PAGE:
1. Safeway (a.k.a. Pavillions, Tom Thumb, VONS) – 64.61

2. Target – 63.74 (tie)

2. Wegmans – 63.74 (tie)

4. Whole Foods (Wild Oats) – 61.77

5. Ahold (Stop & Shop, Giant, Martin’s) – 59.22

Greenpeace’s bottom five

20. Meijer – 10.0

19. Winn-Dixie – 11.5

18. Supervalu (a.k.a. Albertson’s, Shaw’s, Star Market) – 15.0

17. Publix – 21.5

16. Giant Eagle – 32.38

Still, some choices are bound to be better than others even if you’re shopping at a top-ranked supermarket. Wallet cards, like those you can get at many aquariums that help you choose ocean-friendly seafood, don’t always rank all species in the same categories, and their criteria aren’t always ideal. Maine lobster, for example, is one of the most sustainably managed fisheries in the world with virtually no bycatch or gear impact on habitat, and strict enforcement of size limits and protections for egg-bearing females. Yet it only receives a yellow “good alternative” rating from the Monterey Bay Aquarium’s Seafood Watch program.

If the experts can’t even agree, the average consumer’s efforts to make sense of the sustainability question can be enough to make you just say “forget it” and go get another package of chicken breasts, a decision which—as University of Washington Professor Ray Hilborn pointed out in a recent New York Times op-ed—comes with its own set of environmental costs.

The fact is, you don’t need an advanced degree in environmental science to figure out which fish is going on the table tonight. And I don’t know about your local market, but I can’t get a cell signal in mine that will let me check one of those handy apps, like the ones from Blue Ocean Institute, Monterey Bay Aquarium, or Safe Seafood.

So here are three key things you can do to make your fish choices more sustainable. Perhaps more importantly, they’re things you can remember to do while checking your list, placating your antsy kids, and trying to spend as little time as possible roaming the aisles. They even come in a simple ABC format:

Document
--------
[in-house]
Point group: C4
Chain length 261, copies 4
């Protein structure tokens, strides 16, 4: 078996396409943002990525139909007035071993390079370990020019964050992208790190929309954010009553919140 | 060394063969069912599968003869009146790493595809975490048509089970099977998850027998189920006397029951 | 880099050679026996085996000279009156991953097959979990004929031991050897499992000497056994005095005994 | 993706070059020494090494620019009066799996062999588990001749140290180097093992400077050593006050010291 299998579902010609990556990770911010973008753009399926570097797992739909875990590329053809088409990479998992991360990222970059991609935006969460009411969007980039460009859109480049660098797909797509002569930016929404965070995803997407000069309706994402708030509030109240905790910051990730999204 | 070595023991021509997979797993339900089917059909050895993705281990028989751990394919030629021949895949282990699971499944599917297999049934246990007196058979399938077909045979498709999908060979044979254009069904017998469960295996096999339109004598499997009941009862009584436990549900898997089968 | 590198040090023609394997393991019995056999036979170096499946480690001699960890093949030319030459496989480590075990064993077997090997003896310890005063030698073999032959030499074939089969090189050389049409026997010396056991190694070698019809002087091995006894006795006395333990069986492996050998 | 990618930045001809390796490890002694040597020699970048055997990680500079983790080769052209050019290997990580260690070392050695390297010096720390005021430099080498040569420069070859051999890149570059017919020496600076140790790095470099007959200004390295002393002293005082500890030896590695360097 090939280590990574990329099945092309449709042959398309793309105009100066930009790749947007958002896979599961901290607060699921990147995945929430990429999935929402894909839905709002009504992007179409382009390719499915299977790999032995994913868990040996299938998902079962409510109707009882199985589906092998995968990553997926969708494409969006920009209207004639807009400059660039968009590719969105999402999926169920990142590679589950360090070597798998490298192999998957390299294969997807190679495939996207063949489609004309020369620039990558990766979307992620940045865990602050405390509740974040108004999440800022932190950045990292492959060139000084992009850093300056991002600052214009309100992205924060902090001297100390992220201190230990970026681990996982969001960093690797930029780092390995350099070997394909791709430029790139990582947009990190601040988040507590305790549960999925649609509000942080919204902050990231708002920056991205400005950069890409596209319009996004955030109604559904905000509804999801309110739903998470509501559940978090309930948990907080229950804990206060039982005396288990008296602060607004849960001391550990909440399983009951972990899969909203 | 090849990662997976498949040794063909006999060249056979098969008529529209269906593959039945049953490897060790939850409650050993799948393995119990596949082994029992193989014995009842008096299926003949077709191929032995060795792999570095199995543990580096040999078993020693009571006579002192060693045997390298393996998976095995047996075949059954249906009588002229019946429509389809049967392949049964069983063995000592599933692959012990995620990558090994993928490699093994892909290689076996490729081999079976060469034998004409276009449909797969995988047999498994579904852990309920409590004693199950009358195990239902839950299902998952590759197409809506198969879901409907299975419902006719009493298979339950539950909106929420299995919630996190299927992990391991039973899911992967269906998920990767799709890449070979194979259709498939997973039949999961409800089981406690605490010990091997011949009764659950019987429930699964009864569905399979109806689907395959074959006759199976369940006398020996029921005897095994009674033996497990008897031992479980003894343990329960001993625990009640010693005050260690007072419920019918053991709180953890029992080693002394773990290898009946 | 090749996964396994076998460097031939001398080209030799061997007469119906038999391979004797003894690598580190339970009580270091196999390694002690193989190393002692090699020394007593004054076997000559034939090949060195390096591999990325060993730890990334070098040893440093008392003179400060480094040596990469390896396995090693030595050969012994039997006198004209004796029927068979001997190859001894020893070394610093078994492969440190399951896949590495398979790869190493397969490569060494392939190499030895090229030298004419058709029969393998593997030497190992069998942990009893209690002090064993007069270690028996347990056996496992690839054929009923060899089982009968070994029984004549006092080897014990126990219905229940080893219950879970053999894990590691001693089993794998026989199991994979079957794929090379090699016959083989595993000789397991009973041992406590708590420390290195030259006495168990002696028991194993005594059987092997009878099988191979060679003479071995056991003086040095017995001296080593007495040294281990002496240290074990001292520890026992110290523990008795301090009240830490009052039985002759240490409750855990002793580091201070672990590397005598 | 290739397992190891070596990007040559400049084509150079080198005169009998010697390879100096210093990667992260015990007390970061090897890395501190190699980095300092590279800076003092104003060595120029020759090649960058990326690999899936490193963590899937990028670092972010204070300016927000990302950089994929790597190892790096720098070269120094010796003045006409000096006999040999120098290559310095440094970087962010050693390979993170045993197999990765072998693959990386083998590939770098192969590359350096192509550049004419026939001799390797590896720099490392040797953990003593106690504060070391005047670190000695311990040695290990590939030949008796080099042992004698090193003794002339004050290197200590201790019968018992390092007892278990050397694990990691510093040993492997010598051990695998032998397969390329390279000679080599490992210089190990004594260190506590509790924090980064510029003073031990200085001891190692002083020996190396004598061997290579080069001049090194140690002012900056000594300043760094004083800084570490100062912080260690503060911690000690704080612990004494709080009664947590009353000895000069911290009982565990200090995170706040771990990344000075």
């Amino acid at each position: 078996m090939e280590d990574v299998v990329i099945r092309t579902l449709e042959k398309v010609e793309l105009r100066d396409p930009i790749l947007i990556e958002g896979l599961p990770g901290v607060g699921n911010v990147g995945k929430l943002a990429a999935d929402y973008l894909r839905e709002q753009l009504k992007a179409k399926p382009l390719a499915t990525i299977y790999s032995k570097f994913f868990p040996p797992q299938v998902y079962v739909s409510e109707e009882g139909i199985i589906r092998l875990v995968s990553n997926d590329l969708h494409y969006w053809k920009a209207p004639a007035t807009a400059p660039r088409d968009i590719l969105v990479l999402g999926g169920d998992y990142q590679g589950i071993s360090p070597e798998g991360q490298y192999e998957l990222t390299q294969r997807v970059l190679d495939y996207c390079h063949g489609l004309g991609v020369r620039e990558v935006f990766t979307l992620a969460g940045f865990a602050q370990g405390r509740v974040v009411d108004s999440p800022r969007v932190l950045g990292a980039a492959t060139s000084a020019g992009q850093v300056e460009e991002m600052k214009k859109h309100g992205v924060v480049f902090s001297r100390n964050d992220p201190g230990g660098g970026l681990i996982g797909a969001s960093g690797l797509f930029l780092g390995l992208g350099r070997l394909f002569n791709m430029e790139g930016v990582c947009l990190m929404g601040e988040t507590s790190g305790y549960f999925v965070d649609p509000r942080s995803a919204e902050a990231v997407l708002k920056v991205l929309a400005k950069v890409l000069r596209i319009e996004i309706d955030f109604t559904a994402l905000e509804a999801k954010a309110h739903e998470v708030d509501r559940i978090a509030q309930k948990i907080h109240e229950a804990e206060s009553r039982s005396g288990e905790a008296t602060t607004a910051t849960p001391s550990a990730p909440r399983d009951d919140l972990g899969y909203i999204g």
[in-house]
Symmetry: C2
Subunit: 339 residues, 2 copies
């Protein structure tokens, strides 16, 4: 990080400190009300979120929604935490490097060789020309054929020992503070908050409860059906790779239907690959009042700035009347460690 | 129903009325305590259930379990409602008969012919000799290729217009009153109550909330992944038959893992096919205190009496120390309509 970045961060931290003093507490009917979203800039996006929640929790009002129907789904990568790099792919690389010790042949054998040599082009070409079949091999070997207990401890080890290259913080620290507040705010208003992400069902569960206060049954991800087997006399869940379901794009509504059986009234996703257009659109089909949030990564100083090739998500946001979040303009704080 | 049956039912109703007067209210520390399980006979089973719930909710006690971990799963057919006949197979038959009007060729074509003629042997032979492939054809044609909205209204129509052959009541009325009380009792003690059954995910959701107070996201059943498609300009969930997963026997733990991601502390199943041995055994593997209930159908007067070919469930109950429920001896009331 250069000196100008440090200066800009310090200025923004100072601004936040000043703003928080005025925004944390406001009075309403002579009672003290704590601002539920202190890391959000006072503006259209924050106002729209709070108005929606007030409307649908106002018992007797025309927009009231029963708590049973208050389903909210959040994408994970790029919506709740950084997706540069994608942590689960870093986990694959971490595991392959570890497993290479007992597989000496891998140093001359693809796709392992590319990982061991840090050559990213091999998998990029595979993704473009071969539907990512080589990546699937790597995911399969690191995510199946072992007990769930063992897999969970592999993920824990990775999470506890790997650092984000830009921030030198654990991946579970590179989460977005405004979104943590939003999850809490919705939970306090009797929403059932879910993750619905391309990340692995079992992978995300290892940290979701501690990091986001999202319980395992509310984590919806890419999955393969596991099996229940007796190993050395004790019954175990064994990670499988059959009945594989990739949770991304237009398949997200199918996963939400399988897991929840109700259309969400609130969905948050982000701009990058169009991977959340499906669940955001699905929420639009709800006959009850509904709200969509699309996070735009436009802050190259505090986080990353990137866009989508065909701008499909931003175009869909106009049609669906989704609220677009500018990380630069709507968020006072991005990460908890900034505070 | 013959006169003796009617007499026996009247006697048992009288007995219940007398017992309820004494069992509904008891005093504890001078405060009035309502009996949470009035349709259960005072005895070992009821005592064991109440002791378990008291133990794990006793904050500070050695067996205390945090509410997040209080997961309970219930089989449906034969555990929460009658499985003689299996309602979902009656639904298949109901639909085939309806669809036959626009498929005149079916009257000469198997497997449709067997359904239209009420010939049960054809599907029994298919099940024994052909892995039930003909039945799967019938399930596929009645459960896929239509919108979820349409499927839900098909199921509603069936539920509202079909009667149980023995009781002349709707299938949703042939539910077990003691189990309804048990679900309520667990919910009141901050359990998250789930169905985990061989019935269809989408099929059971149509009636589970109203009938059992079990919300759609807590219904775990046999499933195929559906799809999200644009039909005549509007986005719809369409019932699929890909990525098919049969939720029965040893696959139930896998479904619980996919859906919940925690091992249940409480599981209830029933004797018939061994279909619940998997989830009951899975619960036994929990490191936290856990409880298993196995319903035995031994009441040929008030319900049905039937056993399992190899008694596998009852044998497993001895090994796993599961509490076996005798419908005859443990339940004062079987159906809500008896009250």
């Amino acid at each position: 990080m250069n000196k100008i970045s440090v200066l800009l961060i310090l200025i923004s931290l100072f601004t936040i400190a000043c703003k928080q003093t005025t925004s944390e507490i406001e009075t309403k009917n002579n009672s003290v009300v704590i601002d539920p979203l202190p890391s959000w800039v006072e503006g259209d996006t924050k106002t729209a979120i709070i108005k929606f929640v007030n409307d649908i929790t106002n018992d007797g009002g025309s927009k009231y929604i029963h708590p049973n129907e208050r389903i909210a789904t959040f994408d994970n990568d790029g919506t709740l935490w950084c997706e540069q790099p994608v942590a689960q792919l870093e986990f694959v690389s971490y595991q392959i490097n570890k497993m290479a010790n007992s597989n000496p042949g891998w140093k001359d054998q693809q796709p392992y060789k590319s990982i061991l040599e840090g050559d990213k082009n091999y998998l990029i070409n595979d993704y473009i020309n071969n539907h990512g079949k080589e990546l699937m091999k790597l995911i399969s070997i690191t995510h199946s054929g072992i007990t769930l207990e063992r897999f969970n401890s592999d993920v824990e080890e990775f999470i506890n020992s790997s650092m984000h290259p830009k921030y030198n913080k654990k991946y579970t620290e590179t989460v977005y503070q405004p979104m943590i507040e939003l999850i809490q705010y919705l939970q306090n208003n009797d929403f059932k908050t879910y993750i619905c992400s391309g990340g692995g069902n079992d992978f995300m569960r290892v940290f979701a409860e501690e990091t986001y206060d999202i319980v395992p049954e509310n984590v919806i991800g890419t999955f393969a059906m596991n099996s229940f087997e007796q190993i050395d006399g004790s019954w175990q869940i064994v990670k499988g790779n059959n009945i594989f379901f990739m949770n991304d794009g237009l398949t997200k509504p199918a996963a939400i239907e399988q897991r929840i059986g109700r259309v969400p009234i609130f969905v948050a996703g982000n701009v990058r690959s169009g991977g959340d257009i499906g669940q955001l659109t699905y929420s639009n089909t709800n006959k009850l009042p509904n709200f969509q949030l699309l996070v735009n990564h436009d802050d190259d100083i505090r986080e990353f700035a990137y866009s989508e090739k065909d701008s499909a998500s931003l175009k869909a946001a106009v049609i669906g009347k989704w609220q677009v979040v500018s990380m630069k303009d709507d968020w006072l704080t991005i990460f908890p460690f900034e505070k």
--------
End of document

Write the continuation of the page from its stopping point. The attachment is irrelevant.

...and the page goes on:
Ask. Distract Junior with a free sample of bread and hummus and flag down the fish monger. Sure, there’s a good chance the person behind the counter doesn’t know much more about where the products come from than you do. But ask where the fish comes from, how it’s caught, and generally whether the store has a sustainability policy. Even if you don’t get comprehensive answers, you let the store know that it matters by asking.

Buy American. Fish is required by law to be labeled with its country of origin. Different organizations dicker over the application of the “sustainable” label. But U.S. fisheries are among the best managed in the world, and we have effectively ended overfishing in America. Buying domestic seafood supports U.S. industries, reduces the distance your fish has to travel to get to you plate (in most cases), and ensures your filet is not from an overfished resource.

Cut your portion size. Chef Barton Seaver spoke eloquently about the benefits of relishing seafood in a recent TED lecture. But he explained that you should enjoy less of it and fill the rest of your plate with veggies. It’s good for your wallet, good for your waistline, and good for the environment. Spend the money you save on that smaller swordfish steak on a better bottle of wine and savor the opportunity to sample the ocean’s bounty today and into the future.

Choosing sustainable seafood can be as complex or as simple as you want to make it. But picking the right store and then remembering these three points will get you a long way down the road to supporting sustainable fisheries.

Read more articles from the “Fish on Fridays” series.

Michael Conathan is Director of Oceans Policy at the Center for American Progress.

The positions of American Progress, and our policy experts, are independent, and the findings and conclusions presented are those of American Progress alone. A full list of supporters is available here. American Progress would like to acknowledge the many generous supporters who make our work possible.


Michael Conathan

Director, Ocean Policy